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Video: Find the y-Intercept of a Straight Line

Lucy Murray

Learn how to rearrange linear equations into the y=mx+b or y=mx+c general format in order to identify the y-coordinate of the point at which the line crosses the y-axis (when the x-coordinate is zero).

04:28

Video Transcript

Find the 𝑦-Intercept of a Straight Line

Now for every straight line, the general form is 𝑦 equals π‘šπ‘₯ plus 𝑐, where π‘š is the slope of the line, but we won’t worry about that this video, and 𝑐 is the 𝑦-intercept.

The 𝑦-intercept is where the line crosses the 𝑦-axis or intercepts the 𝑦-axis. So for example, given this line, we can see that it crosses the 𝑦-axis here. Now the other important thing about this is that π‘₯ is equal to zero.

And we can either use the general form as we have here or the fact that π‘₯ equals zero at the 𝑦-intercept to help us find the value of it. In some cases, for this one for example, it’s quite easy to see which is the more simple way to find it. So, if we have to find the 𝑦-intercept of the line 𝑦 equals four π‘₯ plus seven, you can see it would just be seven.

As this equation follows the general form for any linear equation, so we can see in the general form we’ve got 𝑦 equals π‘šπ‘₯ plus 𝑐. And for this one, we can see 𝑦 equals four π‘₯ plus seven. So the 𝑦-intercept is seven and we could say if we’re asked for the coordinate, zero, seven.

Now let’s look at an example where we could use either method. We could also see with this example that it would work to substitute in π‘₯ equal to zero because we would simply say 𝑦 equals four multiplied by zero plus seven. Well, four multiplied by zero is just zero, so we’re left with 𝑦 equals seven, gives us exactly the same answer either way.

Now if we are asked to find the 𝑦-intercept of two 𝑦 plus four π‘₯ equals fifteen. Again we’ve got two options: option number one would to be rearrange the equation to the general form and option number two would be to substitute in π‘₯ equals zero.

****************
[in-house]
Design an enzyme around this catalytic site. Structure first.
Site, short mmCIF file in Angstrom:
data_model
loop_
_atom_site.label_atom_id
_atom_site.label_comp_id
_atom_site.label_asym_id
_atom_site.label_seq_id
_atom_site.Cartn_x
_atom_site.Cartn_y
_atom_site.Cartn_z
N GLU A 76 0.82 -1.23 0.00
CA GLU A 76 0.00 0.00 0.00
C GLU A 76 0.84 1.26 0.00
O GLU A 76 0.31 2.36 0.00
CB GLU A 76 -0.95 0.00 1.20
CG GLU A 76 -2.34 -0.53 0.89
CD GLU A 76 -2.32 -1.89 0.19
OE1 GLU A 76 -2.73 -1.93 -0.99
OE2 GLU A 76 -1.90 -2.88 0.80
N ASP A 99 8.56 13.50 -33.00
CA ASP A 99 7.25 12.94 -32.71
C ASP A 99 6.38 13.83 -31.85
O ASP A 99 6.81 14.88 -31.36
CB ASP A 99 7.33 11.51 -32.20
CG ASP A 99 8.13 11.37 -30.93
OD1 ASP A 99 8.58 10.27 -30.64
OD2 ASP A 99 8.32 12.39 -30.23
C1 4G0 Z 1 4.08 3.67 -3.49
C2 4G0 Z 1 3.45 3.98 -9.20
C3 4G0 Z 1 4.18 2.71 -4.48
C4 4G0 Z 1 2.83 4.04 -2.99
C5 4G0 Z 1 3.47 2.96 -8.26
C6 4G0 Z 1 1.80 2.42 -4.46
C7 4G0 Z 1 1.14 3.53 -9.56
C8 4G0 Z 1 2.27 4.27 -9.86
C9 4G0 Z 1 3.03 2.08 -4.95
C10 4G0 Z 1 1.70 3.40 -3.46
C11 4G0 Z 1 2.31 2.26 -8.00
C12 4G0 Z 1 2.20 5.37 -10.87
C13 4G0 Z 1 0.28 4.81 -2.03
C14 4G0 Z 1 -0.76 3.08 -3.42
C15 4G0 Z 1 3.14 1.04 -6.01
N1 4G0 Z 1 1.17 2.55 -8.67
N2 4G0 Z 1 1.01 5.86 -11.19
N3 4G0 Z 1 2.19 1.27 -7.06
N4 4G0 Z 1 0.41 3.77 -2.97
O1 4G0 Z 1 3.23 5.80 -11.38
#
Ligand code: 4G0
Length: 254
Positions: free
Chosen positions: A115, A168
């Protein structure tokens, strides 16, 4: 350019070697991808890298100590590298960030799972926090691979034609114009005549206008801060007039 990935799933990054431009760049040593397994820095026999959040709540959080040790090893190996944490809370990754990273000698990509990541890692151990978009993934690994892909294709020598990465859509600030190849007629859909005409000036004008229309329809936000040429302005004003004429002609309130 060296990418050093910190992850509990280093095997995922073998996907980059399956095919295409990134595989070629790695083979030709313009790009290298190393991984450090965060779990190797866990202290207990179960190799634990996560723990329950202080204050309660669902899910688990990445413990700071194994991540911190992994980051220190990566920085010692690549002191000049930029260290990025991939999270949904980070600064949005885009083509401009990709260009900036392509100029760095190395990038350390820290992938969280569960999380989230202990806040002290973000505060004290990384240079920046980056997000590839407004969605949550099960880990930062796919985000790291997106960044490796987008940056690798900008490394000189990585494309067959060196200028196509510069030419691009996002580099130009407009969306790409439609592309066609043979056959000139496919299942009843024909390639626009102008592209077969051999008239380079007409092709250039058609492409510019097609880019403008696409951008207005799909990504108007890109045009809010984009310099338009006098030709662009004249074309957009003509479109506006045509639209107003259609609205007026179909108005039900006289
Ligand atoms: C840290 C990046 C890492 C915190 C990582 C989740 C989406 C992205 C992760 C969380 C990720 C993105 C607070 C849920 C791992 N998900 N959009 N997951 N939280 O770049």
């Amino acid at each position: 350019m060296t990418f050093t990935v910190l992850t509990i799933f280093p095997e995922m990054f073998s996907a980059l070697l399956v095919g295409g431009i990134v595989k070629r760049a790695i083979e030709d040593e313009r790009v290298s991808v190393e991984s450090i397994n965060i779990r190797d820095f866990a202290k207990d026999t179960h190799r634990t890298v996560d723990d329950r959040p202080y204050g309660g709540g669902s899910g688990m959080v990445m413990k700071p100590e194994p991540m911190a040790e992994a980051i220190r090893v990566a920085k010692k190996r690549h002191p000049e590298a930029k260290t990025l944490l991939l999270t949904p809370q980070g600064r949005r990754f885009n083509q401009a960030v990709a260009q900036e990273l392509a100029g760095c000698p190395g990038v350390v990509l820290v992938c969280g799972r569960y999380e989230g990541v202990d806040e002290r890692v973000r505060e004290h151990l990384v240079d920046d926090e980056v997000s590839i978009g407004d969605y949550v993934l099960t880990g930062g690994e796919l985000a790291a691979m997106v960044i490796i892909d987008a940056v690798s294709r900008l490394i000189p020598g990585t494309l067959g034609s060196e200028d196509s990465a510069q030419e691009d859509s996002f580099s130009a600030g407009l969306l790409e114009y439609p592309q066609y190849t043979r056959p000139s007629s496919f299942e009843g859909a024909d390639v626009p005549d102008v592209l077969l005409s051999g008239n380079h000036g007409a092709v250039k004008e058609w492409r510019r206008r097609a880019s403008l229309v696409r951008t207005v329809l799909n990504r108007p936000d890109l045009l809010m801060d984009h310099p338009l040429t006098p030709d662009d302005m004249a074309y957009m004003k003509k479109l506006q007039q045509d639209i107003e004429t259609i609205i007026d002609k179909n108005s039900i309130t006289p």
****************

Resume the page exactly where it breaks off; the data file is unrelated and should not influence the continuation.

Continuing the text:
So if we chose option number one, we would need to rearrange to get just 𝑦 equals some π‘₯ plus 𝑐. So, first off, we would need to subtract four π‘₯ from both sides, giving us two 𝑦 equals negative four π‘₯ plus fifteen. And then, as that is, two multiplied by 𝑦, the opposite of times by is divide by, so we’d have to divide, be careful, every single term by two.

We must be careful on this fact that it’s every single term because sometimes we forget and we miss the term, so it’s important to remember every single one. Well that gives us anyway 𝑦 on the left-hand side, and that’s equal to negative two π‘₯ plus fifteen over two or we could say seven point five.

So this tells us that the 𝑦-intercept is seven point five. Now our other option was to substitute in π‘₯ equals zero. So first of all, we would have two 𝑦 equals four multiplied by zero equals fifteen.

Well we know four multiplied by zero is just zero, so we have two 𝑦 equals fifteen. And as it’s two multiplied by 𝑦, the opposite of times by is divide by, so we’ll get that 𝑦 is equal to seven point five.

And we get exactly the same answer either way, so we could use either, but I would say is the most helpful usually is to rearrange into the form 𝑦 equals π‘šπ‘₯ plus 𝑐, as in some cases we’ll need to then use the general form later on for slopes and things like that. But if it’s a stand-alone question, there’s no harm in just substituting in π‘₯ equals zero.